A few days ago

Is it better to get a degree in a high demanding career then when financially stable, switch to other career?

I am fresh out of high school and trying to figure out what careers I want in the future. My parents are telling me to just go to college and get a degree as fast as possible in a high demanding job/career such as nursing so as I could be financially stable. By being a nurse, I wouldn’t have problems making money to support whatever I need (family, bills). Frankly, I don’t plan to have a family anytime soon and my real ambitions in life is to go into the video/tv/motion pictures career since my family owns a videography business already and I’ve been editing video ever since I could remember! Besides, why should I do something that I wouldn’t feel passionate about? I’m already good at video… but sadly, with the conditions our economy is in, sometimes you have to do things that may not be in your favor. So what should I do? Maybe I should do nursing, make money, then when I make enough, leave nursing and do what I want? It’s like a waste of college money though! AHHH! Any help please?

Top 5 Answers
A few days ago

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What if you major in something you don’t like just for the sake of a job, and still don’t make enough to move on to what you do like? What would be the plan then? I think it’s reasonable for your parents to want you to get a job and do well, but I don’t think it’s reasonable for them to make you choose a career now, especially since you’re just starting out in college and it’s something you’re not particularly thrilled about. College is a time to explore different options. You might end up liking nursing. But you should also have the freedom to not like it and choose something else. That’s why most people switch majors in college at least once or twice before committing to a major. And even then, some people switch again. If you really like video editing, you will definitely be able to build up a body of work in college through campus TV or other similar projects. Who’s to say with the growth of internet video and satellite TV that there won’t be work for you when you graduate? Yeah, your parents want what’s best for you, but it’s still your life and your decision.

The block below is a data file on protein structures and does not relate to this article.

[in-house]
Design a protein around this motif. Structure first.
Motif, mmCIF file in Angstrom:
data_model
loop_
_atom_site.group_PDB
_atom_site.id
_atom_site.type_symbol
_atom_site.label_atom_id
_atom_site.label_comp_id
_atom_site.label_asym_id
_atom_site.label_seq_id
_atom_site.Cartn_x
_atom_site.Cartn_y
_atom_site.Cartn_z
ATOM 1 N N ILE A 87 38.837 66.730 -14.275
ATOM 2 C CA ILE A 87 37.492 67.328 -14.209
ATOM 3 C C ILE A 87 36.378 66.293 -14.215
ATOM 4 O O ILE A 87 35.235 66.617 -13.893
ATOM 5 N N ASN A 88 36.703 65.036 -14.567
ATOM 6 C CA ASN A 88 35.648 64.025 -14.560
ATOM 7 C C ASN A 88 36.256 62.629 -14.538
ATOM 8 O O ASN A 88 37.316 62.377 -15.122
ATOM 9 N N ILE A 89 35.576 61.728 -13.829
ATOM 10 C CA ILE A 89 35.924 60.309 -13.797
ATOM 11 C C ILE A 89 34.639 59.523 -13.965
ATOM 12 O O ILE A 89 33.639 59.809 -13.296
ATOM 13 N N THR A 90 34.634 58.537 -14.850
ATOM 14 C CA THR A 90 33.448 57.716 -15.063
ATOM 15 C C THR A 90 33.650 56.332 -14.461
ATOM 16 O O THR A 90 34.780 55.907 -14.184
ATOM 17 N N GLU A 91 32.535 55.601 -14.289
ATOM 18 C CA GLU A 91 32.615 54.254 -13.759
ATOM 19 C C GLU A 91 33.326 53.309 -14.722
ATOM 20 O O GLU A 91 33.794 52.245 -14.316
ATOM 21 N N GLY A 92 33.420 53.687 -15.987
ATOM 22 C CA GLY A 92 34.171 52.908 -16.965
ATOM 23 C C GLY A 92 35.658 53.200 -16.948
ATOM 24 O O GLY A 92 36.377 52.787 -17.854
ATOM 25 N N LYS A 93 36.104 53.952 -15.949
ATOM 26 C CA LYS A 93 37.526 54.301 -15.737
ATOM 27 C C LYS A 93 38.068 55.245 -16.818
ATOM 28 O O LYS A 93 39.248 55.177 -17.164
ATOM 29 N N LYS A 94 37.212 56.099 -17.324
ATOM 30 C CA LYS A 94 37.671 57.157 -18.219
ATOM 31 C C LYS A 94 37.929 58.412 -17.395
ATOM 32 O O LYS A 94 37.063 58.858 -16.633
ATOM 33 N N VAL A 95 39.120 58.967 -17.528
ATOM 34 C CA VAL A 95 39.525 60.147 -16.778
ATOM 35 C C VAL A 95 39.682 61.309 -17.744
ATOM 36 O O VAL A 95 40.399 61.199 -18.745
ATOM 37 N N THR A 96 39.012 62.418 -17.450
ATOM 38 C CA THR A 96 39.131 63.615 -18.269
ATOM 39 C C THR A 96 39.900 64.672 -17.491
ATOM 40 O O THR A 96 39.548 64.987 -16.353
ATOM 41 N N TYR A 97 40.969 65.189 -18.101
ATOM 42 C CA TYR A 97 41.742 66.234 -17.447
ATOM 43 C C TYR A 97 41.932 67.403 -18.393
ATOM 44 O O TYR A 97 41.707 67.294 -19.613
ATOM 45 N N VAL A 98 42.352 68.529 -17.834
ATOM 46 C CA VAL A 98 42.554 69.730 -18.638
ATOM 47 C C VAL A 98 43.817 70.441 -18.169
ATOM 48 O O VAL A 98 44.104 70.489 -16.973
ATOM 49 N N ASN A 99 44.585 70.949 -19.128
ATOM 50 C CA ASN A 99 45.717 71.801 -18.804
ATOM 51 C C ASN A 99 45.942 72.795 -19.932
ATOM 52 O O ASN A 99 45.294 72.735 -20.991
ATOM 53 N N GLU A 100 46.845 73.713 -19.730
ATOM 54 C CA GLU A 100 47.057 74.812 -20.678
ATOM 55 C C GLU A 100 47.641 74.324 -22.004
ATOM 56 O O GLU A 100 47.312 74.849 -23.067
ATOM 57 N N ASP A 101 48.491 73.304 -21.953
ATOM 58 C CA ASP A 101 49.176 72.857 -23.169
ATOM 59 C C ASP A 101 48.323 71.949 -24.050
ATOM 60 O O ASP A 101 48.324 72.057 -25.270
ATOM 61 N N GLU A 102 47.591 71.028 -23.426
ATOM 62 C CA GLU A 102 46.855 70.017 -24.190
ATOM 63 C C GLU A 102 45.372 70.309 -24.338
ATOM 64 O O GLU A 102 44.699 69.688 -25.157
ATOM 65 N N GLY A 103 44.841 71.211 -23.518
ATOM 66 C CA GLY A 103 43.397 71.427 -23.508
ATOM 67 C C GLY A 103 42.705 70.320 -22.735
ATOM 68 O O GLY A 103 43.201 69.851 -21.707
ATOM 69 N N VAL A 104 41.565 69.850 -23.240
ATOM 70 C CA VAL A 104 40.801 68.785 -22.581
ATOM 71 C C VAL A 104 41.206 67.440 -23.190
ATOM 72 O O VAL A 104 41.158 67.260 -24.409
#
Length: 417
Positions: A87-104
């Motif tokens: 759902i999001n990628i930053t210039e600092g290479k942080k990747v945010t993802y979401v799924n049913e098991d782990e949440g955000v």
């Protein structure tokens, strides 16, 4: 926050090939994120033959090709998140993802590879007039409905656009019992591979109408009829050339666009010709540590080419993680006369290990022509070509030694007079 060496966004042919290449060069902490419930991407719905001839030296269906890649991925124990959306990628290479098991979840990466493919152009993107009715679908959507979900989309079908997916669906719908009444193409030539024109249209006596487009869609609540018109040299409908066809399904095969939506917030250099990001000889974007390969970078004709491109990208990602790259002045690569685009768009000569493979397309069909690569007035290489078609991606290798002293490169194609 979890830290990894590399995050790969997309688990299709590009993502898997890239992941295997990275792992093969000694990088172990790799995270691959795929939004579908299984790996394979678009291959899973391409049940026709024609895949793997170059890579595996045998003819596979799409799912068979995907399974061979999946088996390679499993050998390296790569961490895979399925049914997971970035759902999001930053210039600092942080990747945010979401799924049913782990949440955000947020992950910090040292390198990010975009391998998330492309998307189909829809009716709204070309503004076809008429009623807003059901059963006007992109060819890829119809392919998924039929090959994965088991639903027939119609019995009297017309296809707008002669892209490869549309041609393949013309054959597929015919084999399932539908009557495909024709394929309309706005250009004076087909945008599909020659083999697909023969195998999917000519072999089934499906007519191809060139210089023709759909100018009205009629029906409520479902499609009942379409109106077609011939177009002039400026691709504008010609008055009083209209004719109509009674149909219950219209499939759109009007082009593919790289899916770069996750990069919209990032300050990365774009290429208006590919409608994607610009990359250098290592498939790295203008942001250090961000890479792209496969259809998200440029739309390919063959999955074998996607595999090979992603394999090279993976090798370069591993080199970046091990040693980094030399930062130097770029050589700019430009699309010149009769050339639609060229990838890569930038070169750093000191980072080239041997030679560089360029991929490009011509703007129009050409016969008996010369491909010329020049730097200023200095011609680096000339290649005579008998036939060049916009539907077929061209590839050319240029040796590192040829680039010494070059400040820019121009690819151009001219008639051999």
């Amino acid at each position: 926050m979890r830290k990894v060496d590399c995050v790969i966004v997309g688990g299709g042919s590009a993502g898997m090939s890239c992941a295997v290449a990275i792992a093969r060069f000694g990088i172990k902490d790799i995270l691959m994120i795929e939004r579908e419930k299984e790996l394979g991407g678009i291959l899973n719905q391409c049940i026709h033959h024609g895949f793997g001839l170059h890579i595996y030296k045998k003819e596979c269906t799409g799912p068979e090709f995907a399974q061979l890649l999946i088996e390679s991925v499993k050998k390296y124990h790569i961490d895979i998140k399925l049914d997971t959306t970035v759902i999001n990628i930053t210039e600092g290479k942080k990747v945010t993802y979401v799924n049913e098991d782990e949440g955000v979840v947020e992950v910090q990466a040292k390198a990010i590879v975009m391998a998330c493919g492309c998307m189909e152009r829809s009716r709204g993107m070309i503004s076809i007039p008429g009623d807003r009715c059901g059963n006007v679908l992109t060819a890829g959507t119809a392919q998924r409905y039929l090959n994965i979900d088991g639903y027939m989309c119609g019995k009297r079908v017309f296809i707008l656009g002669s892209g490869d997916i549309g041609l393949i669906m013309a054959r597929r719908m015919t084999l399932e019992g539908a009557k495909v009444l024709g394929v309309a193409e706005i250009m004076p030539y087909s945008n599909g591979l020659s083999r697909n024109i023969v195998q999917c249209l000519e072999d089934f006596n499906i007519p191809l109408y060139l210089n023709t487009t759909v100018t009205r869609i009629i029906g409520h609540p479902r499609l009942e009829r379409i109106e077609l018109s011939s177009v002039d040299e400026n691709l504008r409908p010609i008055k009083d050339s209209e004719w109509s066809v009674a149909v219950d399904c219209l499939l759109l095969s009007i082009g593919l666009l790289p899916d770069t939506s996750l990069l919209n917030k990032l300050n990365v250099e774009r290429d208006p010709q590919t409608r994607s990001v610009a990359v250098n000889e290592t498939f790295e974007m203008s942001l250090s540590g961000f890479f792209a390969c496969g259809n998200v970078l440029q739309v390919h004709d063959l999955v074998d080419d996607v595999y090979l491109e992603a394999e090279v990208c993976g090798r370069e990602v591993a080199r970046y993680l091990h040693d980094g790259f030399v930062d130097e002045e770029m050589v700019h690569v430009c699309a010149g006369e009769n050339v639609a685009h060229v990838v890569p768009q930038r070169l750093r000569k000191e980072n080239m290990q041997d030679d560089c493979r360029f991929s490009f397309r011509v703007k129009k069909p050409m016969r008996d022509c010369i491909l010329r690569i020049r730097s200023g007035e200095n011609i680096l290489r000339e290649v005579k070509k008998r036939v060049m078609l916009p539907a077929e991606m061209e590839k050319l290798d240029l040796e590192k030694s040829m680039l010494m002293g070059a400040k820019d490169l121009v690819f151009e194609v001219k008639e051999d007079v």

A few days ago
Something like 90% of graduates, over the course of ten years after graduating, end up working in fields completely unrelated to their major. I think this mentions something about students and the major that they personally wanted to graduate with without giving any consideration about the real-world applications of it.

The problem is that while money may not buy happiness, money certainly does buy piece of mind. I’ll give you my own example. I love drawing, love art, and have always wanted a degree in art in order to work in comic books one day since I love the medium so much. But I knew that the field is already incredibly competitive as it is, with those who are even working make something like $25,000 and less a year. I knew that while I might be happy for a while doing what I loved, eventually the money situation would get so bad that I would begin hating it and have to switch careers, in essence defeating two honest purposes.

So what I did is I compromised. I love business, not as much as art, but definitely enough to want a career in it too, so for my majors (double major in Finance and Management) I opted to go with business so that I could obtain a good solid career (which I have done) because that way I’ll know I’ll have enough piece of mind to enjoy my job and make a decent living at it. All the while I made a silent promise to myself that as soon as I finished my second major (Management in about 3 months) I would reward myself with a third degree in the one that I initially wanted all along, Art. And the best apart about this is that in my current business career my employer will pay whatever tuition I decide to take on the side, meaning not only will I have my beloved art degree but it will be completely paid for me as well.

So my advice is to seriously consider the real-world applications of your current passion, including how much piece of mind it can provide for you, and if you see enough merit then by all means go for it. If not, consider a compromise similar to my own where you’ll choose a second option you would still like to do, make more money from that, then when things get settled you can easily do your first option again. I hope this helps.


A few days ago
Nursing is NOT a career to get into just for a paycheck. You have to truly enjoy helping people, and you have to have a high tolerance for being abused in the workplace. It’s a lot of responsibility, and anyone that isn’t passionate about it shouldn’t do it.

A few days ago
One should love one’s job.

There is a lot in image processing, video making and editing in health care. Procedures in the operating theatre, Nursing practice, first aid, etc., etc…

Why not combine both of your options, and have fun doing so?


A few days ago
Are your parents paying for your college? Even if they are, tell them not to waste there own money. Do what you want, dont waste your own time.